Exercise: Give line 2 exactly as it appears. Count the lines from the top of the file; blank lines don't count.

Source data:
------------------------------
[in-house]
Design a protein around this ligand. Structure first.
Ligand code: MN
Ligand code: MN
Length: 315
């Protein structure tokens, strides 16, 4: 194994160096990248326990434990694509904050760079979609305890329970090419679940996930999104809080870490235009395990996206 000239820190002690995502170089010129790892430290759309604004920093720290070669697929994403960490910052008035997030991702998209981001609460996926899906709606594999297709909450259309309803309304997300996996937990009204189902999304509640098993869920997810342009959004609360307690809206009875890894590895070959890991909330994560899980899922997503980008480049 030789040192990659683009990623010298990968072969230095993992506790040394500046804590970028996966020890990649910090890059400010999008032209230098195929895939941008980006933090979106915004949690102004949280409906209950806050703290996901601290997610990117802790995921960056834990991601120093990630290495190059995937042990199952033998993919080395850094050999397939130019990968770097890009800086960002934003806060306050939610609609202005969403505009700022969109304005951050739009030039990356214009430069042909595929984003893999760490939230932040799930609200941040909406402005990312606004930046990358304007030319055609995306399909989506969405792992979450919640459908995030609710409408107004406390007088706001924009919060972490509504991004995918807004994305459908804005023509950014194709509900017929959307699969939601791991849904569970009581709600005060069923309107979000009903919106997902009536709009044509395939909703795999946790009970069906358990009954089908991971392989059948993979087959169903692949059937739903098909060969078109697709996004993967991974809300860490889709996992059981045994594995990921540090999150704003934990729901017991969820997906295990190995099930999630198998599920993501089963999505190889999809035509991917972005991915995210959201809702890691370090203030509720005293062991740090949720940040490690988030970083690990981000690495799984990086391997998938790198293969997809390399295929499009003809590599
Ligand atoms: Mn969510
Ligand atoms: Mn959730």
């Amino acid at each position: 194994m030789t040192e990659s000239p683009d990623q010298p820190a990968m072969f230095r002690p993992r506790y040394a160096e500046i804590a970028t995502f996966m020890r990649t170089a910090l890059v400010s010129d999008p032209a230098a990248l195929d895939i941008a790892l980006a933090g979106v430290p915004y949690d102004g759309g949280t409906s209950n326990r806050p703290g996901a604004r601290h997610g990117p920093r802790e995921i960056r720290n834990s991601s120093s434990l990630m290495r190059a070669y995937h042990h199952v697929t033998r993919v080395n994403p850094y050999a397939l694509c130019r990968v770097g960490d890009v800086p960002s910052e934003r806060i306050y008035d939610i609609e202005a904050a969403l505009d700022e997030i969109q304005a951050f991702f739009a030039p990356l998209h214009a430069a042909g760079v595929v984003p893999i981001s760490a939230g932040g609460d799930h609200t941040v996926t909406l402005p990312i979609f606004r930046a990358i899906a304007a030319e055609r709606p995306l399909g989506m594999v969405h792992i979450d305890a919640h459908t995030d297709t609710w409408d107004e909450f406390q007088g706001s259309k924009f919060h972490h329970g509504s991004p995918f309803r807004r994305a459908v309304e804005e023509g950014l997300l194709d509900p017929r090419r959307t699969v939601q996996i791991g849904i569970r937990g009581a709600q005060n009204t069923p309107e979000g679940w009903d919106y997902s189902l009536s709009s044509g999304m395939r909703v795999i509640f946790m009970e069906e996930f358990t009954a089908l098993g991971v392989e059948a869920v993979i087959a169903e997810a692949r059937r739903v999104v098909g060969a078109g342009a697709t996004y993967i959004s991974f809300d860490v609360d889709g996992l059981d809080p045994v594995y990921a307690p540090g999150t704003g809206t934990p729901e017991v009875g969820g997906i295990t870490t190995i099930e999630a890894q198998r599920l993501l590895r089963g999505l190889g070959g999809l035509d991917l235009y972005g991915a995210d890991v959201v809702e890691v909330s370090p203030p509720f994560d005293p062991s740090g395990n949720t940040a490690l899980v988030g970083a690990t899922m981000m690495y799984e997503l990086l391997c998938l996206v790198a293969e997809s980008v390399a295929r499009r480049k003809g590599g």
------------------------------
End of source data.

Design a protein around this ligand. Structure first.